Environmental consultant Andrea Carroll, who bought her house in Navan, Co Meath jointly with her boyfriend, is one of the thousands of young homeowners affected by negative equity.
"We bought at the peak of the market in late 2006, when I was 26," she said.
"Myself and my boyfriend paid €317,000 for our house. At the time rents were going up so quickly that it didn't make sense to rent. There was a massive cultural hype about owning your own house and a lot of people my age got sucked in."
Andrea was working in a local authority at the time and, on a whim, decided to see if she and her boyfriend would get a mortgage. He had just come home after living abroad and had not found a steady job at the time, but the couple received mortgage offers from "a good few banks".
Although Andrea is from Swords, she and her boyfriend bought a house in Navan because they could not afford to buy in Dublin. "At €317,000 we were priced out of even one-bedroom apartments in north Co Dublin," she recalls.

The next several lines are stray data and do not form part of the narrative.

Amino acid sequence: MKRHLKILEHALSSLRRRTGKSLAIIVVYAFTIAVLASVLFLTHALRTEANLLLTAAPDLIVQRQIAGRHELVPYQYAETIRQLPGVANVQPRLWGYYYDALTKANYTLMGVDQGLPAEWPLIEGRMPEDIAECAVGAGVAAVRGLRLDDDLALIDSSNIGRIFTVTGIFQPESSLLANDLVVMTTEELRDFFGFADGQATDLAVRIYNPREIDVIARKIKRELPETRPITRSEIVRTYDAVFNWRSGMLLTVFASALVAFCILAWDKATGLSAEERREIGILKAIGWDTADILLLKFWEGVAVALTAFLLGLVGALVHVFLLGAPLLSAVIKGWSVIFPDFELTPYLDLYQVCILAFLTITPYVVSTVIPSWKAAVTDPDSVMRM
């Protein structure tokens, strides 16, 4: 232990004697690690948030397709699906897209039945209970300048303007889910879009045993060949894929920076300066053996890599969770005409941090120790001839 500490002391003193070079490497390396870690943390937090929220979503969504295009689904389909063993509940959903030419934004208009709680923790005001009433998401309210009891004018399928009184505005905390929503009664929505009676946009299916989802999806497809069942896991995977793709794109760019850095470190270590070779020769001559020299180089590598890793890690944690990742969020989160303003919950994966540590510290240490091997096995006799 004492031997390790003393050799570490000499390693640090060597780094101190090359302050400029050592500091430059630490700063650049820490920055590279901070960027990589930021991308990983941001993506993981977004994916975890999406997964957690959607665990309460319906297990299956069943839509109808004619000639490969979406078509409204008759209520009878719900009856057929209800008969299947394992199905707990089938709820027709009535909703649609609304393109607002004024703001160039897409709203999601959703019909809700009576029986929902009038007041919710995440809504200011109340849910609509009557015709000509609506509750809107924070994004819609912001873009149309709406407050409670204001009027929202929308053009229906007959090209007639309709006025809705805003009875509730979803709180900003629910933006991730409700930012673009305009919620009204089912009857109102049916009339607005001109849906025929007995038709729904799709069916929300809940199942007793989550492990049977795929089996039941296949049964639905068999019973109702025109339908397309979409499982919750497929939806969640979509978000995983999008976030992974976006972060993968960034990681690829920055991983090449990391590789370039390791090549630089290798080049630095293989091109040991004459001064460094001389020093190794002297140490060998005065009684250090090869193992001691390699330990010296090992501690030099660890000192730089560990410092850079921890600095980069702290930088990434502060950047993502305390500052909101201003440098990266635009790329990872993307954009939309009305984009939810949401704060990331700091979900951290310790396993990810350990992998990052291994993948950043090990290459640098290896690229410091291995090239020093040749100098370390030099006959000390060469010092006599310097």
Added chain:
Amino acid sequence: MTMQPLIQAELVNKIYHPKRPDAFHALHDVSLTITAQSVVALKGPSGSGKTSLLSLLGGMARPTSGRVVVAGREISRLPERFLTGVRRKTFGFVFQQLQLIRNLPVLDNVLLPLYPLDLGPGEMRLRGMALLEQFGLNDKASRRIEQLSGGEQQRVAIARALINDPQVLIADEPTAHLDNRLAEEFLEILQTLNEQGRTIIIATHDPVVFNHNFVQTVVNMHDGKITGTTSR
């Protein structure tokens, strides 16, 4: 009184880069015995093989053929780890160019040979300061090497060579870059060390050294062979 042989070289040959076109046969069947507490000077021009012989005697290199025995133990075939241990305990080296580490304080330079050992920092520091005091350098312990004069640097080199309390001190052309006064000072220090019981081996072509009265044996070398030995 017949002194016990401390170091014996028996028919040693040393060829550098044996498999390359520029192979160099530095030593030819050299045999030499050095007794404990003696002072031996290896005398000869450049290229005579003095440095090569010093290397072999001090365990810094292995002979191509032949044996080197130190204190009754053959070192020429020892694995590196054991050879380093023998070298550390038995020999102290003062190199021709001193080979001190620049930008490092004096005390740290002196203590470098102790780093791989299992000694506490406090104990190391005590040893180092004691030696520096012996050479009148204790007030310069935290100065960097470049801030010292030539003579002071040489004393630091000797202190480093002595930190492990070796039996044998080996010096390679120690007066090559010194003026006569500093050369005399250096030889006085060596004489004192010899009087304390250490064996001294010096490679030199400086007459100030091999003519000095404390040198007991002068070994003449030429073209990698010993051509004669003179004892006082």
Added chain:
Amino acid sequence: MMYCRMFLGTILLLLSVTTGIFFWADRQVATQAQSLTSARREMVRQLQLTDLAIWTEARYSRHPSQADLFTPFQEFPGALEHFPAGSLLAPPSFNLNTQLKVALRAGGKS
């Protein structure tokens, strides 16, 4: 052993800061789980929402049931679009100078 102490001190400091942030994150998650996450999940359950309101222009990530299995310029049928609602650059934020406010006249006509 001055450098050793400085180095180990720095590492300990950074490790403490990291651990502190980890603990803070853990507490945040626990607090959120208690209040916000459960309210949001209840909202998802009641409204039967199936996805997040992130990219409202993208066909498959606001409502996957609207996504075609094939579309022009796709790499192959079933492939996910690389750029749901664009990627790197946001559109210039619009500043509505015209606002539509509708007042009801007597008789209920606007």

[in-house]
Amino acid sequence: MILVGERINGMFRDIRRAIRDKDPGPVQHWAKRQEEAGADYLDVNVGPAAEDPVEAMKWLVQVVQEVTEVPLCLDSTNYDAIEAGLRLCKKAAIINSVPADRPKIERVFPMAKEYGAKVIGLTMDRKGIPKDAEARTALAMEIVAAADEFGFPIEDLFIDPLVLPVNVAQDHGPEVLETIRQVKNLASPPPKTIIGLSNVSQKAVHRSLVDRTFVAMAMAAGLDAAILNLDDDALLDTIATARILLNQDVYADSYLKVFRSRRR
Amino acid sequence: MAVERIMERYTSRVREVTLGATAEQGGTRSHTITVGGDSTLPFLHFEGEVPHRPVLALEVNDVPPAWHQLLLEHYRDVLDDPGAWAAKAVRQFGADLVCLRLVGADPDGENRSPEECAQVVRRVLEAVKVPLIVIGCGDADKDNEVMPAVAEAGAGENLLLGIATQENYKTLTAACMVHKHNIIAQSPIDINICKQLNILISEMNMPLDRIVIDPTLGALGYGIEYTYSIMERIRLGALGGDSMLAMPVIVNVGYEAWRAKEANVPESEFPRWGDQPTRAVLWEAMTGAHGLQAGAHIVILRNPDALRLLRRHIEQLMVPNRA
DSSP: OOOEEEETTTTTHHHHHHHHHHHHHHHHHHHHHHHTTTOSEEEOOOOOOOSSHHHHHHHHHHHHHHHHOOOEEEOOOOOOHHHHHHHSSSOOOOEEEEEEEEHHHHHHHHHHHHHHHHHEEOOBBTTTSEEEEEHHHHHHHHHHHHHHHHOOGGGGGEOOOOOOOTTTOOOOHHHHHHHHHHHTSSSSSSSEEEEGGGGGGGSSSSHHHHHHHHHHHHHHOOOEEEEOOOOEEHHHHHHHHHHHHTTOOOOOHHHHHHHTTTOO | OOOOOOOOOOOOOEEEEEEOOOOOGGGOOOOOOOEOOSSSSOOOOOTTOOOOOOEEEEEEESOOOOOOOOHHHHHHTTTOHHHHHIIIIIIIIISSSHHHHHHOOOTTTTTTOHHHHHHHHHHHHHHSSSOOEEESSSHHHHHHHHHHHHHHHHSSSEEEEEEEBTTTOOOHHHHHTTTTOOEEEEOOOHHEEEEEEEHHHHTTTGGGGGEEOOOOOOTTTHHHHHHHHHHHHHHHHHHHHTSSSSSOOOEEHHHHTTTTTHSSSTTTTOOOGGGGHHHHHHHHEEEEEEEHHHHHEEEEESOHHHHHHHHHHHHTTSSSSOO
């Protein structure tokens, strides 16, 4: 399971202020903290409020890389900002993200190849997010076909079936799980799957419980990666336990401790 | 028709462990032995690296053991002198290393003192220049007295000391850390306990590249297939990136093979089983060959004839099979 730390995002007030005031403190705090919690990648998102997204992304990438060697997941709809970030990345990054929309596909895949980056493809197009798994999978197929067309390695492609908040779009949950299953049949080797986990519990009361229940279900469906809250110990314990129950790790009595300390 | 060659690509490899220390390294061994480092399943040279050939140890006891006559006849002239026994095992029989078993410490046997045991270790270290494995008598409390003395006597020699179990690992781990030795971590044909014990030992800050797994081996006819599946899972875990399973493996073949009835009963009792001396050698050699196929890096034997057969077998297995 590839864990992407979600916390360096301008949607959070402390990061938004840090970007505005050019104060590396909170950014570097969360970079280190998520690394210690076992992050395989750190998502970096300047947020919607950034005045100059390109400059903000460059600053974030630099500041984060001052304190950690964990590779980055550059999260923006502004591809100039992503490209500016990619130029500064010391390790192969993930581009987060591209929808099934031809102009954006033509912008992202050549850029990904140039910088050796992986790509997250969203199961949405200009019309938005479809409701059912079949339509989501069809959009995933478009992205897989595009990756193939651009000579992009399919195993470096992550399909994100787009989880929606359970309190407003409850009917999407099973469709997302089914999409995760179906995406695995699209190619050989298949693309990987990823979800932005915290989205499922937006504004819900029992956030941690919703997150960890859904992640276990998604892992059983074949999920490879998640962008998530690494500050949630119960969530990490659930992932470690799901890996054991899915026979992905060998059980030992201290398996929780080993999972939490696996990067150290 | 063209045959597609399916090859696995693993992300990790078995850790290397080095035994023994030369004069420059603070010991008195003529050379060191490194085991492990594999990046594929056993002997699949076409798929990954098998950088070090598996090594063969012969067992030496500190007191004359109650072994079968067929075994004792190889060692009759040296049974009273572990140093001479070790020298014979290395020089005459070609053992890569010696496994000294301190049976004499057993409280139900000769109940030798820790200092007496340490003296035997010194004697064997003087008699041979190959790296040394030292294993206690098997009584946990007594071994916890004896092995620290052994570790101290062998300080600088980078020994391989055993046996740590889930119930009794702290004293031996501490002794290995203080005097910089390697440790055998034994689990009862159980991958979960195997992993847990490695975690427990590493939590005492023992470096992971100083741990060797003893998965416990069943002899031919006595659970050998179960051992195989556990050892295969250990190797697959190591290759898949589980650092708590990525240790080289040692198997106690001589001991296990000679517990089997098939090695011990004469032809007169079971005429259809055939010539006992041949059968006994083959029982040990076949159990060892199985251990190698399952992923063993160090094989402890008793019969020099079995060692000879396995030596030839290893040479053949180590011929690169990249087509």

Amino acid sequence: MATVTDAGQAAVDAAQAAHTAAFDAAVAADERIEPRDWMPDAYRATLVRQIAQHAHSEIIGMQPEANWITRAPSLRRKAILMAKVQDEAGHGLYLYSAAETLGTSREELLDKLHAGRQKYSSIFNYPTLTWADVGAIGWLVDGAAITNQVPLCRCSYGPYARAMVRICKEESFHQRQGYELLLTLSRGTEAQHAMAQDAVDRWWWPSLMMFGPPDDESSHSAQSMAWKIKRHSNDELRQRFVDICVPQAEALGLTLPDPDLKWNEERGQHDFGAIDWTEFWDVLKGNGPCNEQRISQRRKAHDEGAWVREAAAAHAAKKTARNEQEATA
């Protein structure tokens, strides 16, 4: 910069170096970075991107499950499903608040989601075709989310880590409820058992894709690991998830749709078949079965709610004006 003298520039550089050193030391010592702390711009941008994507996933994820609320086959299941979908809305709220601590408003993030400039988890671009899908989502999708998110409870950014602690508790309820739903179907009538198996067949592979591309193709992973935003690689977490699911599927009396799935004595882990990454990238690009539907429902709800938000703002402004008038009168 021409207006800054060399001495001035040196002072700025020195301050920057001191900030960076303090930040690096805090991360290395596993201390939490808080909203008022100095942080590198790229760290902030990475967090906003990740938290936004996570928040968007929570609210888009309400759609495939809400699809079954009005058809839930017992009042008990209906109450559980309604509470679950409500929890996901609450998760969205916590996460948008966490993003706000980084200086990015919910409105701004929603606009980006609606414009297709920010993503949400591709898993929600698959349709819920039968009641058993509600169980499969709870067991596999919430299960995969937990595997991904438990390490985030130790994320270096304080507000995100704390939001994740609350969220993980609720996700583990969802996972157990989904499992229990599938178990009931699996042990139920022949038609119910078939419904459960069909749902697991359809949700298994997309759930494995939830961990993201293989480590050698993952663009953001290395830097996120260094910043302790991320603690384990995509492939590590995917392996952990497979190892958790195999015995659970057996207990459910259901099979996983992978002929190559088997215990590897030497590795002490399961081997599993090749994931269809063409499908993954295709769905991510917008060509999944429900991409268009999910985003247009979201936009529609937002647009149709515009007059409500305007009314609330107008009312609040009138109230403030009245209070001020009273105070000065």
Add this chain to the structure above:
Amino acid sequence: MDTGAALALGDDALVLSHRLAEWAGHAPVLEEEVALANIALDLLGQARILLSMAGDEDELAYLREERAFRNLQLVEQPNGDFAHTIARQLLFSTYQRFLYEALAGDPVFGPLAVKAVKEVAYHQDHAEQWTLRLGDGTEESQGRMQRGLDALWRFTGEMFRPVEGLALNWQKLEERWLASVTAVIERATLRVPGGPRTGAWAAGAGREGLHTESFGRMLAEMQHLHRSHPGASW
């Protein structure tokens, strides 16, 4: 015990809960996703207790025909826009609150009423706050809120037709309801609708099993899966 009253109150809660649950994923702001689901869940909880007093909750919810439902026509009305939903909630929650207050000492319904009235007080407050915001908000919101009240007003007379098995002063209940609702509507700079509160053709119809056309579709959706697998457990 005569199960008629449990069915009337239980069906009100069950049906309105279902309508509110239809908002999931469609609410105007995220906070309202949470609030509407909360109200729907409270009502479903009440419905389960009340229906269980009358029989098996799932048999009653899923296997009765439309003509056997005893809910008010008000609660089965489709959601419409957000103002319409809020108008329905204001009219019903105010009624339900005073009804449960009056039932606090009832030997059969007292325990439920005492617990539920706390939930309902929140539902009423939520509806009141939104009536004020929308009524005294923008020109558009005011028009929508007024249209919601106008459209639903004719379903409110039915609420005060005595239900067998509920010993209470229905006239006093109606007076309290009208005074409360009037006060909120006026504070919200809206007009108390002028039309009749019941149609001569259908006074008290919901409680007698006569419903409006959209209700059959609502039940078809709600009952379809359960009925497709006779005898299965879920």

"Even though I like my house, my life isn't in Navan and I spend a lot of time in the car going to Dublin to visit my friends and family or for work."
"We bought this house thinking that if the worst comes to the worst, we can stay here for the next couple of years. But at the back of our minds we were really thinking that we should get our foot on the ladder and then we can move to Dublin in the next couple of years. That's not going to happen now," she said.
"I reckon our house is currently worth about €200,000. It is not the fact that house prices have gone down that has affected us so much as the banks' attitude to negative equity. You can't carry your negative equity to a new house, even if you can afford one. Most of my friends are in the same boat."